To use Newton's words, our efforts up till this moment have but turned over a pebble or shell here and there on the beach, with only a forlorn hope that under one of them was the gem we were seeking.Now we have the sieve, the minds, the hands, the time, and, particularly, the dedication to find those gems—no matter in which favorite hiding place the children of distant worlds have placed them." - Frank Drake (May 28th, 1930 - Present)
Most of you are probably familiar with SETI (the Search for Extraterrestrial Intelligence), but have you heard about the founding father of this institute (which, by the way will likely be responsible for detecting the first traces of intelligent life lurking throughout our home galaxy)? This is Frank Drake's story.
Frank was born on May 28th of 1930 in Chicago. From the time he was just 8 years old, he began scouring the skies, glancing up at stars located hundreds of thousands of light-years from home. Perhaps some of them had orbiting planets that may have the necessary ingredients for life, and an ample amount of time, so that life could get a steady footing. Though Drake frequently imagined this scenario, he was hesitant to discuss the possibilities of intelligent life existing due to the prevalent religious and political ideologies that made holding such a position unfavorable. It wasn't until he enrolled at Cornell University on a Navy Reserve Officer Training Corps scholarship that he began his half a decade long affair with astronomy. It was also here that he began to realize his thoughts about extraterrestrial beings wasn't such a ridiculous notion to consider.
This was reaffirmed after hearing a lecture given by Otta Struve, a prolific Russian astronomer who famously thought extrasolar planets may outnumber the stars in our galaxy, which is now known to be quite likely thanks to the data collected from the Kepler mission.
After graduating in radio astronomy at Harvard, he began a career in radio astronomical research at the National Radio Astronomy Observatory in Green Bank, West Virginia before continuing on to NASA's Jet Propulsion Laboratory that's located in Pasadena, California. It was here that Drake began to spearhead the conversion of the Arecibo Observatory to a radio astronomical facility where he would go on to send a Arecibo message to any alien civilization that may reside near M13, which is about 25,000 light-years away from Earth. You can read more about Drake's arecibo message at this site.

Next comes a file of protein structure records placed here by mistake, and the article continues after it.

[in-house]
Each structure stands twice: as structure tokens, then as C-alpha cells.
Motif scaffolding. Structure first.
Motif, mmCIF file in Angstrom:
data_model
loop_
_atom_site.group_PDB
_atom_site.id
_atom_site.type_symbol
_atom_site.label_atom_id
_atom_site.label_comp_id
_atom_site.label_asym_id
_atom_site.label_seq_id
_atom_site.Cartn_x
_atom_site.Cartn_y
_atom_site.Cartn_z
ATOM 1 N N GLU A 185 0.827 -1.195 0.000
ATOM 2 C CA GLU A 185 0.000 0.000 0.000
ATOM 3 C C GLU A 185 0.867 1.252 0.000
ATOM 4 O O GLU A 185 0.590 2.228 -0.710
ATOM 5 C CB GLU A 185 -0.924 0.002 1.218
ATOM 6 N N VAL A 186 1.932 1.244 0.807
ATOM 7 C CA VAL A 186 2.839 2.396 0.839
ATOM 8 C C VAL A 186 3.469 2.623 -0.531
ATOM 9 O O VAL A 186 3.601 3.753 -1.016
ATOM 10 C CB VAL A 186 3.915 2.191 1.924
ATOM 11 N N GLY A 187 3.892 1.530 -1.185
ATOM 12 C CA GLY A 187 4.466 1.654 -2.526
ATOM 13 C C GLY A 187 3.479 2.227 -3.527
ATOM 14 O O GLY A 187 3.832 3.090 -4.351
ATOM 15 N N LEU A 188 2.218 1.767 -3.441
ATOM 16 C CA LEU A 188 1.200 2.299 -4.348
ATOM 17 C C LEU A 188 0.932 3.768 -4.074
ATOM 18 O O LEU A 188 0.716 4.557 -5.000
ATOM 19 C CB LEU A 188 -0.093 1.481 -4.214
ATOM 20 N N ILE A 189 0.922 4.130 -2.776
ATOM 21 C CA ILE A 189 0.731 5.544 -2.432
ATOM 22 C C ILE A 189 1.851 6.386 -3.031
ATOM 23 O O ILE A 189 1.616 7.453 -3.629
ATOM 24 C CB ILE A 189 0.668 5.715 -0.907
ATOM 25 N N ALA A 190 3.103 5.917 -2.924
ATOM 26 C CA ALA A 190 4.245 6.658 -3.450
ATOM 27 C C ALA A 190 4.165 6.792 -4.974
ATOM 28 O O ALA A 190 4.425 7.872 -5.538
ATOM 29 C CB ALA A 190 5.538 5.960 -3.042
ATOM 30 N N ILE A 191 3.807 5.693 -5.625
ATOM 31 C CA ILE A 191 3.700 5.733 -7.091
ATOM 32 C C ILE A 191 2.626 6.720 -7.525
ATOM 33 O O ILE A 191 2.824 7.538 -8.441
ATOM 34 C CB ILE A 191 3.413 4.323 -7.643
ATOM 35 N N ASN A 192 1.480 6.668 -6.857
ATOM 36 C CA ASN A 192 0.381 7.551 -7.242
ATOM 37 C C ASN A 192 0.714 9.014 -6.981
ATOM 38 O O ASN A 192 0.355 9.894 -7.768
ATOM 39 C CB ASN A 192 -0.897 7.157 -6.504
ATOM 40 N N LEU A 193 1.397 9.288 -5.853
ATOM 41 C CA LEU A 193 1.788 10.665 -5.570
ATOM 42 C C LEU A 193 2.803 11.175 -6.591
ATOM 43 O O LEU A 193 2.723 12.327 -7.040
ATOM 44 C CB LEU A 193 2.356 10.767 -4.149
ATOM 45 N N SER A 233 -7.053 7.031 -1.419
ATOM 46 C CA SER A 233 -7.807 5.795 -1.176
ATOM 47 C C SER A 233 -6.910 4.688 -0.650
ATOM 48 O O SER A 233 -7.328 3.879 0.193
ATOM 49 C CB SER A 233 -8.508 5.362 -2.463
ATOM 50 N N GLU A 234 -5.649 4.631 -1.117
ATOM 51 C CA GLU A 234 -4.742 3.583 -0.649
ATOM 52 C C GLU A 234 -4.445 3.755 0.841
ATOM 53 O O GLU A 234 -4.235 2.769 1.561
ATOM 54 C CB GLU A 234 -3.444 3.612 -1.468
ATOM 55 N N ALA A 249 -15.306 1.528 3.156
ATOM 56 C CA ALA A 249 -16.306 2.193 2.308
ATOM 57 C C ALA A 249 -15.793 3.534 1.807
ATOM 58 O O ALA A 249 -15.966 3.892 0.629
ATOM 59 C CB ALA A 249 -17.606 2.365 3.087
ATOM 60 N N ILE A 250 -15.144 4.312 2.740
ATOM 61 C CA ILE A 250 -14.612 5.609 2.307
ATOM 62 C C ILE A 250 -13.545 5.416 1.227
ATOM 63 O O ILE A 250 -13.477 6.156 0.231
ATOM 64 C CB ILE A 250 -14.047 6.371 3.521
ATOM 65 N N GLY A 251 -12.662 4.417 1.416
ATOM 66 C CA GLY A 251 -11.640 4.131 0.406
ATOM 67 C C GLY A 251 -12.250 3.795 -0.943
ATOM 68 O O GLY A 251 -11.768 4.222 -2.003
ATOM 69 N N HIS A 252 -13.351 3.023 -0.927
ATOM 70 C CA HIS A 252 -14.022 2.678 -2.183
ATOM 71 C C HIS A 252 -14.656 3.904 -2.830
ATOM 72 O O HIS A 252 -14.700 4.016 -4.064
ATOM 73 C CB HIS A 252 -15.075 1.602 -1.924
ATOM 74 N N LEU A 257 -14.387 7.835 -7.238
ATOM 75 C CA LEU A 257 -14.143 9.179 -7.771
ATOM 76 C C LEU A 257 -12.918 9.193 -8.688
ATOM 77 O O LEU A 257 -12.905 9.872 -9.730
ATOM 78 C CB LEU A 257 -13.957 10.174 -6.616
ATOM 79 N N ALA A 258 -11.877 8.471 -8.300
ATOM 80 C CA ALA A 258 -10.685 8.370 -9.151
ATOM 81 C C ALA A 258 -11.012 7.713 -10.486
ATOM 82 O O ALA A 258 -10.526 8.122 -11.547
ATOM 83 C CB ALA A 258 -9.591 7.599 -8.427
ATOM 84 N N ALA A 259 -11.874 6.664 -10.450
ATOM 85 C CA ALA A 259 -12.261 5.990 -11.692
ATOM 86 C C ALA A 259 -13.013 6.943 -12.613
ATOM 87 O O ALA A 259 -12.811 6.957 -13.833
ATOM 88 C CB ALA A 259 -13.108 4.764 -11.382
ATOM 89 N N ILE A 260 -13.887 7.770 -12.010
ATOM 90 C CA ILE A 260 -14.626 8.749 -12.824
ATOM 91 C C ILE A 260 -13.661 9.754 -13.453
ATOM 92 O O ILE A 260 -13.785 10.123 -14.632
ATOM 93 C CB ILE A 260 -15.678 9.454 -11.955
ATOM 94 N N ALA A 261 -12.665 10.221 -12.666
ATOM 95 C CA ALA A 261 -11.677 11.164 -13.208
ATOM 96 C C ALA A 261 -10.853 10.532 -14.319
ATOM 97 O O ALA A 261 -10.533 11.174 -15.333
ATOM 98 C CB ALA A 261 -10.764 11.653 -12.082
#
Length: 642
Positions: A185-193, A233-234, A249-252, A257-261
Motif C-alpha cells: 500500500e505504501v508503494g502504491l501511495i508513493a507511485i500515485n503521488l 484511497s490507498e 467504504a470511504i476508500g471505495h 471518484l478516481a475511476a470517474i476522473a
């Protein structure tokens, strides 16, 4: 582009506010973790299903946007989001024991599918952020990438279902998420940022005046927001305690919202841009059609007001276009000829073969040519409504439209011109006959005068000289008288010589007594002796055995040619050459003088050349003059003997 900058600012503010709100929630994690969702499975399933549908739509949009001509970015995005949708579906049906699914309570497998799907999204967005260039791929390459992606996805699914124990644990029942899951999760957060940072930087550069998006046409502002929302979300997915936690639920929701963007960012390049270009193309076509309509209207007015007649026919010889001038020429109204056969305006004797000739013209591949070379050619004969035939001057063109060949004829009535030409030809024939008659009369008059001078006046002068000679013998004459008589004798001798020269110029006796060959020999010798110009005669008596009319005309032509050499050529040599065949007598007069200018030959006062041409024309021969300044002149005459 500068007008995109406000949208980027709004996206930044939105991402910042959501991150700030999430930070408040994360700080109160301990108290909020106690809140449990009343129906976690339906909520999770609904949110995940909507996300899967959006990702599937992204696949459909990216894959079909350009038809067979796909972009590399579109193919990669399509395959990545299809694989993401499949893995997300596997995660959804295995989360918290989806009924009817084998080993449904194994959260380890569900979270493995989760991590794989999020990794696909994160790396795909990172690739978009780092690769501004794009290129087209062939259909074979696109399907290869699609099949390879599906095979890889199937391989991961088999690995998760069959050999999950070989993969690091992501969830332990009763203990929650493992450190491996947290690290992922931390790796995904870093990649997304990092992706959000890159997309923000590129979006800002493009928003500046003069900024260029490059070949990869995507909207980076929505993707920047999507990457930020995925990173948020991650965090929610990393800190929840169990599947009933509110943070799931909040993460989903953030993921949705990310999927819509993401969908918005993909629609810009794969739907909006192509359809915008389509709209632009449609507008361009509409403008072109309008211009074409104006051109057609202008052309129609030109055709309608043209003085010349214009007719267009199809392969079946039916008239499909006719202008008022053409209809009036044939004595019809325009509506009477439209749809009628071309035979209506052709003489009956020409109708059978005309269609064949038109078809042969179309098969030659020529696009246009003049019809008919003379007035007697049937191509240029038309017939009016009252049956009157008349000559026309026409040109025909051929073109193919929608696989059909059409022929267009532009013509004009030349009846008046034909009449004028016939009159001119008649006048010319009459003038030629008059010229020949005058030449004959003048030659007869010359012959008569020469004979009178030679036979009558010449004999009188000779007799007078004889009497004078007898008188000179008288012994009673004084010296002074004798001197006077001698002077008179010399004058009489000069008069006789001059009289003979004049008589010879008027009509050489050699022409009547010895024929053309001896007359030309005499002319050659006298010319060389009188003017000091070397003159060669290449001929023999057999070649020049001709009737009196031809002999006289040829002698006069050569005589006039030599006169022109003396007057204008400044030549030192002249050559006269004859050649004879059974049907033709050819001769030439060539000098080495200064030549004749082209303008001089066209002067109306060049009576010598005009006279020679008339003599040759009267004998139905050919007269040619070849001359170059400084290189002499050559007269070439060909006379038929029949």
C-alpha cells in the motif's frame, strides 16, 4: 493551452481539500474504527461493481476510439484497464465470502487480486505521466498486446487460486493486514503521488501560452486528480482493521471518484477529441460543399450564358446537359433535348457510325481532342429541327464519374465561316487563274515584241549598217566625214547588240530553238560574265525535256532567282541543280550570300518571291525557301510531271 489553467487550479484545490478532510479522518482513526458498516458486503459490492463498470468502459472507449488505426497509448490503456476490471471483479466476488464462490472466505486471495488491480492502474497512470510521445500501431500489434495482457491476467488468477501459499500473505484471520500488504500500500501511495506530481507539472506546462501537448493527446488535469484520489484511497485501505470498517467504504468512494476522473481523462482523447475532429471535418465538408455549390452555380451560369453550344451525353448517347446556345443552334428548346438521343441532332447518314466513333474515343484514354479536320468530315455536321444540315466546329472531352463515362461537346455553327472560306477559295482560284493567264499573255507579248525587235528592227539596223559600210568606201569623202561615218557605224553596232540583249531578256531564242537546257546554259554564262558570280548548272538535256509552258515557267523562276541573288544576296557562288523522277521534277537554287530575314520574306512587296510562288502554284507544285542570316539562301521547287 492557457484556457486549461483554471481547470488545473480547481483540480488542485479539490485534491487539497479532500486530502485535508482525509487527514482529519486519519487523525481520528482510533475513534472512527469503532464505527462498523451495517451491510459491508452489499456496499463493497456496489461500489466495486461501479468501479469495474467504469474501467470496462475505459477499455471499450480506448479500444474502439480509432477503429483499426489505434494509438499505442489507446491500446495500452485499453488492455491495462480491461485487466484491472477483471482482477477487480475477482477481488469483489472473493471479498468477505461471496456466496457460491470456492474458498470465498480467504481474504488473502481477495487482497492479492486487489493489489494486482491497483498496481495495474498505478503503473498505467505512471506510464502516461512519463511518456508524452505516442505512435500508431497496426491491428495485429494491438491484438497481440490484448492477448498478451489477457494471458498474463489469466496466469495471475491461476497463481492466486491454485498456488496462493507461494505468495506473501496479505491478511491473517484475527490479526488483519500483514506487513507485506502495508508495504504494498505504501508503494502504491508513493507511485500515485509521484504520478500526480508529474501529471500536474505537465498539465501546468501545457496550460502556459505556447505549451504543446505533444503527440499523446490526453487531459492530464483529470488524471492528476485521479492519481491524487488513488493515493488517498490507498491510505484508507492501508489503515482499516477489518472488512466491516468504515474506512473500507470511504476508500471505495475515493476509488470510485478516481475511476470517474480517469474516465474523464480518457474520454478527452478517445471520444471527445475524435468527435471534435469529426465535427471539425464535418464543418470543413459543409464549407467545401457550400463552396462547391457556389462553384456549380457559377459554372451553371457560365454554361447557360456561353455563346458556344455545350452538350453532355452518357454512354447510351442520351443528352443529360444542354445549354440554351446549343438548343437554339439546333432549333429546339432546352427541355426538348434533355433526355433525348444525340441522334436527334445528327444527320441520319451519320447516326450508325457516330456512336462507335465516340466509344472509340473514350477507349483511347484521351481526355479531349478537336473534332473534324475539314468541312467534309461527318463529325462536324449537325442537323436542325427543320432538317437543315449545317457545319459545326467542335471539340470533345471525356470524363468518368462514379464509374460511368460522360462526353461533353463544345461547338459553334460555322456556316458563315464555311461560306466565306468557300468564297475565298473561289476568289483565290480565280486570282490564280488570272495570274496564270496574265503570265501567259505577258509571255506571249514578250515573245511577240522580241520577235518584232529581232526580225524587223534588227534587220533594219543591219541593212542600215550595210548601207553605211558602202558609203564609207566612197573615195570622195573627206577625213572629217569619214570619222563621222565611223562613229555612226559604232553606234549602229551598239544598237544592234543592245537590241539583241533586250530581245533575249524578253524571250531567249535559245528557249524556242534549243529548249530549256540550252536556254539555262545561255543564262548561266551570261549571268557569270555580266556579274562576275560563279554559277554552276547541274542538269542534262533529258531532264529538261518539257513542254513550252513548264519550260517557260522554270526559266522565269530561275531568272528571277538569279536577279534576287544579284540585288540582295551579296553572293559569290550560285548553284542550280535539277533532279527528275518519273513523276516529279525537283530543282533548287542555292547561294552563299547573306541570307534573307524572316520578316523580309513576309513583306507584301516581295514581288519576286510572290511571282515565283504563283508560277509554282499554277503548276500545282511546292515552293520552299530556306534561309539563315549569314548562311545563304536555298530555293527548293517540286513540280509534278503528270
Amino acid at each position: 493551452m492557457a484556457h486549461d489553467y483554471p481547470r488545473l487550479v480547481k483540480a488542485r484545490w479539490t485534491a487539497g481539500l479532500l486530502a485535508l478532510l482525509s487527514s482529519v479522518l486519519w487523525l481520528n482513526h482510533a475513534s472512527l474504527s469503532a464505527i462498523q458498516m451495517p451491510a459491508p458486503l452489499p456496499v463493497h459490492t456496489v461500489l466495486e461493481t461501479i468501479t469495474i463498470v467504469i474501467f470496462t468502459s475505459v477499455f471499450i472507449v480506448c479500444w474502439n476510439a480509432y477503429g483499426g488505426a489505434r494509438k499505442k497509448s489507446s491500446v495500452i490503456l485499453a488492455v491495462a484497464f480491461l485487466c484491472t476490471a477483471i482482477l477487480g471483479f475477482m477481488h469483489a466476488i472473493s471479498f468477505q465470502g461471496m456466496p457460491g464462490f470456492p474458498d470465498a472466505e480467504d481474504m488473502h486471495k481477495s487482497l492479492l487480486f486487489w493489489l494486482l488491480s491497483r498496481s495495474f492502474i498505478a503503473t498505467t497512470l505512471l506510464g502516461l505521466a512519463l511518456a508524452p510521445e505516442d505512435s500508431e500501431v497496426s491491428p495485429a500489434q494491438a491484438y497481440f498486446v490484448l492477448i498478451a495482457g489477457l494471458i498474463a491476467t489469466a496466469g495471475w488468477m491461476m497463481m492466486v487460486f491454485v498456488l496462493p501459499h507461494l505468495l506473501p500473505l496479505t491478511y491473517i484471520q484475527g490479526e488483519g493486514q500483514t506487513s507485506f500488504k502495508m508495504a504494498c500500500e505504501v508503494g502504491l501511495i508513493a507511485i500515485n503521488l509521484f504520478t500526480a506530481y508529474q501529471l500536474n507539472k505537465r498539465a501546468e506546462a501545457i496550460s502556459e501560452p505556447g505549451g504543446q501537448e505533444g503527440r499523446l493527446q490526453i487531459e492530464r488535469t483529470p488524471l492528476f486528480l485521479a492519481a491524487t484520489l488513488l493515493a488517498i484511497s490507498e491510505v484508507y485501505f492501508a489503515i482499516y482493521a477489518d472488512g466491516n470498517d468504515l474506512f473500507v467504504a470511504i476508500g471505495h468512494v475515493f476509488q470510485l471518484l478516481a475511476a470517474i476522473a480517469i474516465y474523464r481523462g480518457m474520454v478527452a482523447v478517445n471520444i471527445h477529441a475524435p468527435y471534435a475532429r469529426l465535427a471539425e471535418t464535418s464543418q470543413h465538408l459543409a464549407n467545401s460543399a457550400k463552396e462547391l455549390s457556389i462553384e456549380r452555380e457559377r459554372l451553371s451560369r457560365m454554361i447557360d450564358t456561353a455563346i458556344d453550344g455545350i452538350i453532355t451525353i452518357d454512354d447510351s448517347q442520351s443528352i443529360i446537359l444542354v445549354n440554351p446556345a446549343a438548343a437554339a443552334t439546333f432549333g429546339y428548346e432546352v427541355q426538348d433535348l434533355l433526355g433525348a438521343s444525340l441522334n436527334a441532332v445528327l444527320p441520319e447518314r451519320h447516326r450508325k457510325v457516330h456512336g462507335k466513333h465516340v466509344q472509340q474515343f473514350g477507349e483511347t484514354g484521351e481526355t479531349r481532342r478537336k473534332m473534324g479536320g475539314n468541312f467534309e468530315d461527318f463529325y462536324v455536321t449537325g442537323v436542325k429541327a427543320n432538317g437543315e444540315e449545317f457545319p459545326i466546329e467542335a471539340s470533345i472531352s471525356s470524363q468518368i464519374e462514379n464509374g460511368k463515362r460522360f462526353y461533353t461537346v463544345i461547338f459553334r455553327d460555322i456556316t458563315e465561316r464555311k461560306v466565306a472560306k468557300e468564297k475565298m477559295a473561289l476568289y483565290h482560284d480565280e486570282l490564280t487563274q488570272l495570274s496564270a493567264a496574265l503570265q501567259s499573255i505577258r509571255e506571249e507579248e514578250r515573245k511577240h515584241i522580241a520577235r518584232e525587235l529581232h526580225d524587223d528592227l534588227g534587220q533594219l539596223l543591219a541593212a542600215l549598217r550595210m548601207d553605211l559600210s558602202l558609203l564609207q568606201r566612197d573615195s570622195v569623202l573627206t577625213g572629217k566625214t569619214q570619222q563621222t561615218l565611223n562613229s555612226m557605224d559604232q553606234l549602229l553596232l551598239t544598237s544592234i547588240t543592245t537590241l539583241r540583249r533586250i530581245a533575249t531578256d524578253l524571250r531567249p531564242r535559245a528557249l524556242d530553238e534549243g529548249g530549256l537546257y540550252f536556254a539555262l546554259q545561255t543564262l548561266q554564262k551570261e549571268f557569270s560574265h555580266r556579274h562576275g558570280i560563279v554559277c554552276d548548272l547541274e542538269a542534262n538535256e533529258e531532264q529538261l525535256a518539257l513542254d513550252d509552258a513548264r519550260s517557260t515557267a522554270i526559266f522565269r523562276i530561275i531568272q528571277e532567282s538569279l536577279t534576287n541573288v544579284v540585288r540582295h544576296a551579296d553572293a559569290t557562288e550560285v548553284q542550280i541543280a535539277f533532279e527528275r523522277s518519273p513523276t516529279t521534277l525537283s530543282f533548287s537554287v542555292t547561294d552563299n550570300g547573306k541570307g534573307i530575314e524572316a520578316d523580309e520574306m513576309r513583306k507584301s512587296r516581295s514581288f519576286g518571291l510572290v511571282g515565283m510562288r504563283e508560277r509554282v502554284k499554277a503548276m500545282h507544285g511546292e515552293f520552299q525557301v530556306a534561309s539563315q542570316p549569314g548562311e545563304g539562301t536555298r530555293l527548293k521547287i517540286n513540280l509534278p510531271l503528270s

Along with Carl Sagan, Drake helped design the plaques on the Pioneer probes, which were launched on Pioneer 10 and 11 and were the first physical messages sent into interstellar space in hopes of intelligent beings discovering it in the distant future. A few years later, he helped supervise the installation of the golden records on the Voyager probes, which were far more intricate and detailed than those that left the planet on-board the Pioneer probes. You can read about the Voyager Records here.
There is no doubt, Frank Drake is mostly known for developing the Drake equation, which is a mathematical equation that was developed to estimate the number of detectable alien civilizations residing in the Milky Way. Drake was a pivotal part of a meeting that was held in 1961 at the Green Bay facility where the outlines of SETI's organization were laid out. This meeting was attended by many faces including Carl Sagan, Philip Morrison, Dana Atchley, Melvin Calvin, Su-Shu Huant, John C. Lily, Barney Oliver and Otto Struve, who played a small part in Drake's interest in finding any intelligent species that may reside in our galaxy. This team famously came to be known as the "Order of the Dolphin."
Drakes equation (which shouldn't be confused with the Fermi paradox, which discusses the reasons for why we aren't detecting any mysterious signals that may be alien in origin if intelligent beings are out there and within reasonable distances for communication) takes many things into consideration from the rate of star formation, the fraction of stars that have planets, the number of habitable planets circling each star, the fraction of planets that remain habitable long enough for life to evolve all the way up to the number of civilizations that are capable of developing technology that could be matched to ours.
Taking all of that (plus much more) into consideration, Drake estimates that there should be between 1,000 and 100 MILLION civilizations in various stages of development in our galaxy alone! Kind of a crazy number.